On the making of an elixir of pain relief
By: George von Einbrauer
What we shall look at here is the preparation of ze ancient elixir of pain relief. Trust not the witch their and their roots and barks; believe in the power of the Lord to embody nature with healing powers. Look at the bee, a noble creature, all of its people know their place in society. They produce a viscous fluid known as honey. This honey tastes good with your cakes and lager, but its true purpose is much, much better.
Perhaps your local smith hath outfitted ye with his latest contraption, and you go to war for crown and lord. Or maybe you try your hand at that French thing, the behourd. Either way, Iíll wager you your local smith isnít as great of a master as he claims. Well his contraption be it maille, plate, or that bizarre contrivance the yellow people wear, probably left you hurting. Well of itís self it didnít, it was likely the zweihander in that huge dopplesolders hands that caused the bruise. But, if youíre reading this, heís probably sitting at a far better table than you. Either that or heís learning another use of a pitchfork...
Now onto the elixir. Youíll need a kettle. A big one for a big batch, or a smaller one for a smaller batch. Try and get one that will not rust (1). Youíll need water... clear water not that swill that bubbles up from the county lake. And youíll need 15-lbs. honey. Get a light coloured one from the apiary. Clover is a good start, as is wild flower. Stay away from hempen honey (2) (itís illegal in most kingdoms), as well as any honey that is much darker than a good German bach. Take your pot, and add two gallons and another half of water to it. Bring this to a boil. When it is rolling, begin stirring, and then add the honey. Keep stirring, you donít want it to burn. As it cooks, it will begin to froth... rake some of the coals out from under it, cooling it down (3). For around 30 minutes, keep watching, and as scum rises, dip it off with a spoon. Now some people will argue that you need to add all kinds of things to the brew. The one that comes up most is cloves. I donít like cloves. Hence I donít use them. Really simple to me. Of course I do find that occasionally adding 3 strong cups of mint tea per gallon of water (4) makes for a pleasant taste. You can also, if honey is in dearth, use fruit juices like apple, grape, peach, berry, or even that new cranberry (5). Play around with it, but remember, never more than half of the batch.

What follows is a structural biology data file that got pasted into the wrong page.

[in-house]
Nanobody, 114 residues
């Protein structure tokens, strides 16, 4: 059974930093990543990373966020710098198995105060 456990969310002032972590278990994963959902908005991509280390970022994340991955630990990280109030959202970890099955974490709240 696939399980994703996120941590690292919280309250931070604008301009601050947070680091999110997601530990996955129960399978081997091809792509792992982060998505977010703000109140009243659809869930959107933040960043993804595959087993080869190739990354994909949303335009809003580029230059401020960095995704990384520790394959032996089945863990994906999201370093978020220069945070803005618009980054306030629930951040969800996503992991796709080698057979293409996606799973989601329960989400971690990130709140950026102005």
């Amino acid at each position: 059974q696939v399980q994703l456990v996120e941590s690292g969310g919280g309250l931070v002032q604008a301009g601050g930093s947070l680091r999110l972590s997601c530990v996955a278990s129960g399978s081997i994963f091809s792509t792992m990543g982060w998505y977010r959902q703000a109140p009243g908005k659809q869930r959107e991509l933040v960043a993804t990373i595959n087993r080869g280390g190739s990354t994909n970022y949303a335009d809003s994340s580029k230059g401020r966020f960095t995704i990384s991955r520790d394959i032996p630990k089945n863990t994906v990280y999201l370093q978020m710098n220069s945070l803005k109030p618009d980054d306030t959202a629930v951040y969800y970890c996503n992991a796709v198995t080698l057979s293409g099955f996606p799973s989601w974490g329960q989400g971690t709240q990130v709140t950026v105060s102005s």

Now you will need a glass carboy. You should be able to get it from a brewerís guild, an apothecary, or even from the trash heap at the monastery (I hear they use a really light glass to hold water for the scribes) (6) add a gallon of cool water to the jar. Then pour in the fluid you just boiled. Top off to the 5-gallon mark with more water. Now you must make a choice. You can either slop the wort as itís called, or lambic it. To lambic (7) it, leave the top off for a while, then cork it up. Run a tube from the cork into a glass of water... it should begin bubbling. I would recommend against it (8), as to be honest, Iíve gotten some bad results and odd flavours from this. Your other option is to back slop(9). If youíre starting out your very first batch, youíll need to buy some slop. If youíre in my area, avoid Meister Fleischmannís slop(10), as it often produces bad elixir. Try monsignor Wyeast, or perhaps Yestlab(11). Do not purchase a yeast made for sparkling wine, it too had bad flavour(12). Once youíve gotten this slop, add it to the carboy(13) and cap as above.
Wait... wait until the bubbles have ceased to rise in the cup of water. At this
point, siphon off the clear portion(14) into another carboy, and the rest can
be used as slop for another batch. Cap the carboy, and let the clear portion
settle out. Wait at least a month or so. Pour into bottles, add a teaspoon of
honey to each
(15), and cork. Affix a retainer for the cork.
Let this set. The longer the better. When opened, the elixir should be
bubbly(16), and mellow.
One quart should relieve most all pain, as well as in inhibitions from the